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1541: The floppy disk

What is it.

Almost nobody thinks about the fact how data is stored on a floppy disk. Most of the time people first start paying attention to matter the moment they see the very unpopular message "LOADING ERROR" on the screen. This document gives you the ins and outs how data is stored on a disk. A part of what you will read here is also covered by "1541: Transferring data" .

First there were bits....

All the data is stored as bits on the floppy. For this purpose magnetic particles on the surface of the floppy are magnetised. As long as the little magnets points in the same direction, a "0" is read. The moment the direction is reversed, a "1" is read.

And then there were bytes.

OK, we have the bits but as you'll probably know, most of the time we work with bytes. Bytes are made of combining 8 bits in a row. So, where should we start with combining them?
The 1541 uses a counter to check at regular intervals if there is a "0" or a "1" under the head. Another counter checks how many bits have been read. The hardware is designed in such a way that reading ten "1"s in a row causes both the counters to be reset. At that moment the drive also stops reading bytes. So the first "0" after ten (or more) "1"s causes both counters to start counting again. From that moment on bytes are read again as well.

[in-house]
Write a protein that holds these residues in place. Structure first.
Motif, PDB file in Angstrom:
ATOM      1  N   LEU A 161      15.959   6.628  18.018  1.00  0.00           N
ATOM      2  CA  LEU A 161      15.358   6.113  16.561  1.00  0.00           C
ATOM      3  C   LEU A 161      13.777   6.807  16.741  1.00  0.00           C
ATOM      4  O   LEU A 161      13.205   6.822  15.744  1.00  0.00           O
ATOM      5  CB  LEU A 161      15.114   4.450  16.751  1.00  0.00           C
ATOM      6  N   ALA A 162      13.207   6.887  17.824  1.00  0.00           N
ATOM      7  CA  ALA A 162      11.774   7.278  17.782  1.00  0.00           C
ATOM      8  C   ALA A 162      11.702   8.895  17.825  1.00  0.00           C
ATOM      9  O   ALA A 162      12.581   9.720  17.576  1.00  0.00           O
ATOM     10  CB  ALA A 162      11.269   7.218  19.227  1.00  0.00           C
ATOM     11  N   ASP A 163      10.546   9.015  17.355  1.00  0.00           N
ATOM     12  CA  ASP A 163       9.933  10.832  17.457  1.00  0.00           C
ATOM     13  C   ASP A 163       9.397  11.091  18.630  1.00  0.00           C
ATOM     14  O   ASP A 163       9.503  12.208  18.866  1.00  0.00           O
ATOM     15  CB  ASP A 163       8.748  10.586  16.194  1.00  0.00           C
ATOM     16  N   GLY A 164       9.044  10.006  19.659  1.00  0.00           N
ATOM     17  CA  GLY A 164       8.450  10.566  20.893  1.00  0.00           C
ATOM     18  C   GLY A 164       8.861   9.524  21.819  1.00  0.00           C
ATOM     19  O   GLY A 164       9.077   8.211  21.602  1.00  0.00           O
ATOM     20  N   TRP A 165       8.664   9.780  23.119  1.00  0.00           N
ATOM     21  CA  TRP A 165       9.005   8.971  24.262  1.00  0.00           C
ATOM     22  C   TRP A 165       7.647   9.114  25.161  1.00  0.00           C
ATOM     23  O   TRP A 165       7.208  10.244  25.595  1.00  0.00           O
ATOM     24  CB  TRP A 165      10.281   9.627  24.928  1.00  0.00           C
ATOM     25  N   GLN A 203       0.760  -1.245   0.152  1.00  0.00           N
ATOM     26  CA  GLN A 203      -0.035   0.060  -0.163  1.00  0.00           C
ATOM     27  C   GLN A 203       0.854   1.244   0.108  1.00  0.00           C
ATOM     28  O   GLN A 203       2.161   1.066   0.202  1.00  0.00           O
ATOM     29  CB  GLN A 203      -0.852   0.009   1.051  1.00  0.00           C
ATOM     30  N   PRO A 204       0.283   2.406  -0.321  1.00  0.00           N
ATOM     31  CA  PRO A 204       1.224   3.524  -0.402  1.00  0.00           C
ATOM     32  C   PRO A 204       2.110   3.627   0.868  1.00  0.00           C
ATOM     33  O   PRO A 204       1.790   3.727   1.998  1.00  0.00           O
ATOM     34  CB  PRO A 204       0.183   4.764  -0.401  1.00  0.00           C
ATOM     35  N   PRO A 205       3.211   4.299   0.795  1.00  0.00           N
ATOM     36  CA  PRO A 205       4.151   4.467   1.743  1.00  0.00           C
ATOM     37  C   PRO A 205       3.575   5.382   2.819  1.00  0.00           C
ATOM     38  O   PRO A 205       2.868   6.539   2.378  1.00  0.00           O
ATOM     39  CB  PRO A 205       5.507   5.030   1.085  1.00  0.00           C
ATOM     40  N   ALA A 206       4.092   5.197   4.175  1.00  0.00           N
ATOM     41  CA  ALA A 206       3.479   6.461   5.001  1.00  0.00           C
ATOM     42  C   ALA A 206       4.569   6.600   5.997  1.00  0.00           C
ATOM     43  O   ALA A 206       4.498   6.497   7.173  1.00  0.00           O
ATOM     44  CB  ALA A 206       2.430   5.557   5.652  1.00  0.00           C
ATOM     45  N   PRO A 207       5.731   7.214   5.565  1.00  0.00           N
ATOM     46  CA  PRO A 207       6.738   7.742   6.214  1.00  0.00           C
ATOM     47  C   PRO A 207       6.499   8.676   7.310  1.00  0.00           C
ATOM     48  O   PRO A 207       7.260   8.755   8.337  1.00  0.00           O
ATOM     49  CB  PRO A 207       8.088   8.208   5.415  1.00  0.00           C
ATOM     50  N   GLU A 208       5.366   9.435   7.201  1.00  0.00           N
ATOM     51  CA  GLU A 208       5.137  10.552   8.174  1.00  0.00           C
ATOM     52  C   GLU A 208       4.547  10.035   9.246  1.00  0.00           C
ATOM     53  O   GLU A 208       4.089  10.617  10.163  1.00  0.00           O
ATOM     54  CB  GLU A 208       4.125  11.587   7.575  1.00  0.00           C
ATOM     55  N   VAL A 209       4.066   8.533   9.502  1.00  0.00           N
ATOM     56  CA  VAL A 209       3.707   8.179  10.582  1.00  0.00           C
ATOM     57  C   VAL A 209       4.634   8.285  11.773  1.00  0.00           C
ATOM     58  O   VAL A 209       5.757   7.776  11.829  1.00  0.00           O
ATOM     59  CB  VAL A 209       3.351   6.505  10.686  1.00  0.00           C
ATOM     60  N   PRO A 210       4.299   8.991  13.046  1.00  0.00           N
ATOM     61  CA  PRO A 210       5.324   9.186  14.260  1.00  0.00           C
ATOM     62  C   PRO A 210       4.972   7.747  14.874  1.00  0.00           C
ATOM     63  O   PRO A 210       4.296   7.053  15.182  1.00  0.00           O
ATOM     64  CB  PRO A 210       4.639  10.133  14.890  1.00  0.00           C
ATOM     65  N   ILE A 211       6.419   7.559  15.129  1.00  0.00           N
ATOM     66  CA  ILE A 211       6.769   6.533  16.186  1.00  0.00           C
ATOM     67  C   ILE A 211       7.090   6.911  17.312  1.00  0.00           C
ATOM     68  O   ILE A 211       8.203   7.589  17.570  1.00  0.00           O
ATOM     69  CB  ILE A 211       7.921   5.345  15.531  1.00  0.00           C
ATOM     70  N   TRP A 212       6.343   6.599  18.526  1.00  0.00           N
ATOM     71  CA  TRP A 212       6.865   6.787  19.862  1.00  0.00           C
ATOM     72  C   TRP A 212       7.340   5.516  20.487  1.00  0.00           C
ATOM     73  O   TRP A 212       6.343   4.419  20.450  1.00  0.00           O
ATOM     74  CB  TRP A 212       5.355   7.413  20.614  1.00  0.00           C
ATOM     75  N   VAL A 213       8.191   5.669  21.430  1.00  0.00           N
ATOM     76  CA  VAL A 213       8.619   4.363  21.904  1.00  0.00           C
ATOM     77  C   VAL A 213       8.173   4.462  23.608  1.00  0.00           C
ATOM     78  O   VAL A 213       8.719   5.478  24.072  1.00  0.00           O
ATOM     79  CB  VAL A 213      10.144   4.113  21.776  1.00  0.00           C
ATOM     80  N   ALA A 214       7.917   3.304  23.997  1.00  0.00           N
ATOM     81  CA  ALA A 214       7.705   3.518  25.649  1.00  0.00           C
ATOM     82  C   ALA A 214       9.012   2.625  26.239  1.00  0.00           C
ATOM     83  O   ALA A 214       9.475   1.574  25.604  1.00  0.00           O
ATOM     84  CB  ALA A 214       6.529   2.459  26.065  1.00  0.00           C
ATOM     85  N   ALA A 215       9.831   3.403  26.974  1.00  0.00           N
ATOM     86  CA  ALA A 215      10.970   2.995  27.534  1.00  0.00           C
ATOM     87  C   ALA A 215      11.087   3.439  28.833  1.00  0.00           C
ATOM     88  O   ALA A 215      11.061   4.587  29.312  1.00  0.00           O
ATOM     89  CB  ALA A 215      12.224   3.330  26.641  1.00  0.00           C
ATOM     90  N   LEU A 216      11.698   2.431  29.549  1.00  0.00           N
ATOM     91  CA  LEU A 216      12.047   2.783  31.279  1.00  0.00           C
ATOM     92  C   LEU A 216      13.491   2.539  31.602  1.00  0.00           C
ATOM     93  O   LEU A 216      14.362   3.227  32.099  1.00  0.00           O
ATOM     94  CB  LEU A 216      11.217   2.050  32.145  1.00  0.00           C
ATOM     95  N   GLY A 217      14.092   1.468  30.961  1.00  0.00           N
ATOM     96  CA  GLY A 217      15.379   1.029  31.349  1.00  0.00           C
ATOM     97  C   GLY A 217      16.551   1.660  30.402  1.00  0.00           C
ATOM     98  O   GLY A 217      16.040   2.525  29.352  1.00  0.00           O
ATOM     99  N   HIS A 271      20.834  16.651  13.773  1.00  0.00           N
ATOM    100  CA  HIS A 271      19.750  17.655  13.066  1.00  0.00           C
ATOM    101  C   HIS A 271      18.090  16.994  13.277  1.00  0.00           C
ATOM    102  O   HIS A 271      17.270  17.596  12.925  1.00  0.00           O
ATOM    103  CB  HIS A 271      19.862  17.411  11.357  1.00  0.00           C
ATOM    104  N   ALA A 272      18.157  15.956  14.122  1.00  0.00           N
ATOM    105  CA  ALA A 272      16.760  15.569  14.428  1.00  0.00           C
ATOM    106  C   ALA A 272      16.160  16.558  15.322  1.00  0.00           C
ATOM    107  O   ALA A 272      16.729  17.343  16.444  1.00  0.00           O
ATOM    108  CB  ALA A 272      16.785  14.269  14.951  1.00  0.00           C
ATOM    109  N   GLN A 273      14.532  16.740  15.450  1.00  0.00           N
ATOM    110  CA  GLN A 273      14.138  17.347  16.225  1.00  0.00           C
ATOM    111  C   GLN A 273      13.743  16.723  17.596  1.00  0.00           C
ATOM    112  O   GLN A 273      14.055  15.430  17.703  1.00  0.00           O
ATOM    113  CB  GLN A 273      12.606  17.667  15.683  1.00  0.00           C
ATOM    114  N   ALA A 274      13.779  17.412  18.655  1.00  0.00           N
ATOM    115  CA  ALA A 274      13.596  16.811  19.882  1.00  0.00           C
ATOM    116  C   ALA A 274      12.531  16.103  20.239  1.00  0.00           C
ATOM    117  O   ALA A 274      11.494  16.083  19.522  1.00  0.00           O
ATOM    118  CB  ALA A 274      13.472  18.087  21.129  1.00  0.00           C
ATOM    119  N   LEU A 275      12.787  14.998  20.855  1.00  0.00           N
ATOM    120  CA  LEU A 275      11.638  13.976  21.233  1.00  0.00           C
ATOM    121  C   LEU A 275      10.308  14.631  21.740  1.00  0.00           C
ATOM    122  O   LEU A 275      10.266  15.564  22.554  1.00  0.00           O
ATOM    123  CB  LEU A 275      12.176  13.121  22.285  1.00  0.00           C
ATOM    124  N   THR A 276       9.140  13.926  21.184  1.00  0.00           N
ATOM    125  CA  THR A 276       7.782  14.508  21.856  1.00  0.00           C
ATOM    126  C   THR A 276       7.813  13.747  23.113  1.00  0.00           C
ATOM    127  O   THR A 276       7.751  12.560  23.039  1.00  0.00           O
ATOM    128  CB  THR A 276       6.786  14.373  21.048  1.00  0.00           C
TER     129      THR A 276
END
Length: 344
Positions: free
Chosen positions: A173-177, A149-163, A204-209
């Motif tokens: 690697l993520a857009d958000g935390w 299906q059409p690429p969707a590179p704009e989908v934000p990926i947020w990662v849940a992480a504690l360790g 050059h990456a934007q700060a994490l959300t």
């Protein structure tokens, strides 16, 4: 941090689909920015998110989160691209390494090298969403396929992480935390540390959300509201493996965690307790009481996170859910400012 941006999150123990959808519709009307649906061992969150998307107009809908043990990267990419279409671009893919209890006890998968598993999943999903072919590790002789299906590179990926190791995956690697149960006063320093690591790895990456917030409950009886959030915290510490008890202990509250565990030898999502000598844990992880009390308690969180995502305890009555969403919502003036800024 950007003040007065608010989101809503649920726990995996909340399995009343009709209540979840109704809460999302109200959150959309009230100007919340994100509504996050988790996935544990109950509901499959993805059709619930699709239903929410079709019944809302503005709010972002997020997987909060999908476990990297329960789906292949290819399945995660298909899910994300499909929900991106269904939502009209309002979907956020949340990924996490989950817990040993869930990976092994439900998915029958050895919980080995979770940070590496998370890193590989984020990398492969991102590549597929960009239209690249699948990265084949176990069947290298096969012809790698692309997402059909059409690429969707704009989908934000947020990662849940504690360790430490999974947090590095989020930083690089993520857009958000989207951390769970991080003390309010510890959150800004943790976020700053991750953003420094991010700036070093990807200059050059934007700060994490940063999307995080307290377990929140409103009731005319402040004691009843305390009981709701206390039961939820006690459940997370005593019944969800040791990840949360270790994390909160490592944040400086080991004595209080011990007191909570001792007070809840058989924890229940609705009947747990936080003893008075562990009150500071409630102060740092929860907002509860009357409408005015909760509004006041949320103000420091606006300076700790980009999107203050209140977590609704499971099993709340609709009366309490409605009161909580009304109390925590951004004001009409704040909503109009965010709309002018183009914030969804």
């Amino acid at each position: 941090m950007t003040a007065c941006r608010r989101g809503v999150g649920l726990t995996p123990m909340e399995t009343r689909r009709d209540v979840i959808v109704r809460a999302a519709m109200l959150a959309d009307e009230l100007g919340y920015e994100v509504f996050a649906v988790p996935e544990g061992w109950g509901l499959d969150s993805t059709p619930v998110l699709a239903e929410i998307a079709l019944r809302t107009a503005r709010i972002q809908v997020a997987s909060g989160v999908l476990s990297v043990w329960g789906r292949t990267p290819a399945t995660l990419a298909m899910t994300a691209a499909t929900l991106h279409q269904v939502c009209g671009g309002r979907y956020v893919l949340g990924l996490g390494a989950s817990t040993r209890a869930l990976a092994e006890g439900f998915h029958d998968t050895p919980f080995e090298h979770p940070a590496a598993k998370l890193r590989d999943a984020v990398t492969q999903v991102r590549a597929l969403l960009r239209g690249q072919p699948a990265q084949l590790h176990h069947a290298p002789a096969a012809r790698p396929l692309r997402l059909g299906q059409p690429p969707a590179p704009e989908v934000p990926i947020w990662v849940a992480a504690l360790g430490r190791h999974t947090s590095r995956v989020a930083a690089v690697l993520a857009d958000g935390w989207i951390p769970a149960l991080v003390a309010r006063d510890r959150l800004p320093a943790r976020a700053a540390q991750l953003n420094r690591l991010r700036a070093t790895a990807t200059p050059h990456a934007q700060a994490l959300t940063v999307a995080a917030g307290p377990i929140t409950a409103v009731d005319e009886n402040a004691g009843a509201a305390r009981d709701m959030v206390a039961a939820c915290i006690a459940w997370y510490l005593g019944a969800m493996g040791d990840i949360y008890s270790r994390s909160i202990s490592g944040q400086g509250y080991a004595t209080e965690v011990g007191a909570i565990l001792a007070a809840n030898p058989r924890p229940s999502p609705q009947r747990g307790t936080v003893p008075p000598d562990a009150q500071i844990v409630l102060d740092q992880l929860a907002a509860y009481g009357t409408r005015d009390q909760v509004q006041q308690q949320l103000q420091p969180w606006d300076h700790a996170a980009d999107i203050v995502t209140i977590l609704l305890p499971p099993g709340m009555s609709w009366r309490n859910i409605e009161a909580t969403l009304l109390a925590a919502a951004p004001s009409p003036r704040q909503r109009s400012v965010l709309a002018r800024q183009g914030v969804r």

Two or more $FFs in a row will cause the drive to stop reading. I now can hear you think: "But if I store 5 $FF bytes in a row on the disk, I can read them again afterwards. How about that?"
The fact is that data that is to be stored on the disk, is not stored "as it is". It first goes through an encryption scheme called "binary to GCR (Group Code Recording) conversion". Every nibble (= 4 bits) is turned into a block of 5 bits using the following scheme:
0000 - 01010
0001 - 01011
0010 - 10010
0011 - 10011
0100 - 01110
0101 - 01111
0110 - 10110
0111 - 10111
1000 - 01001
1001 - 11001
1010 - 11010
1011 - 11011
1100 - 01101
1101 - 11101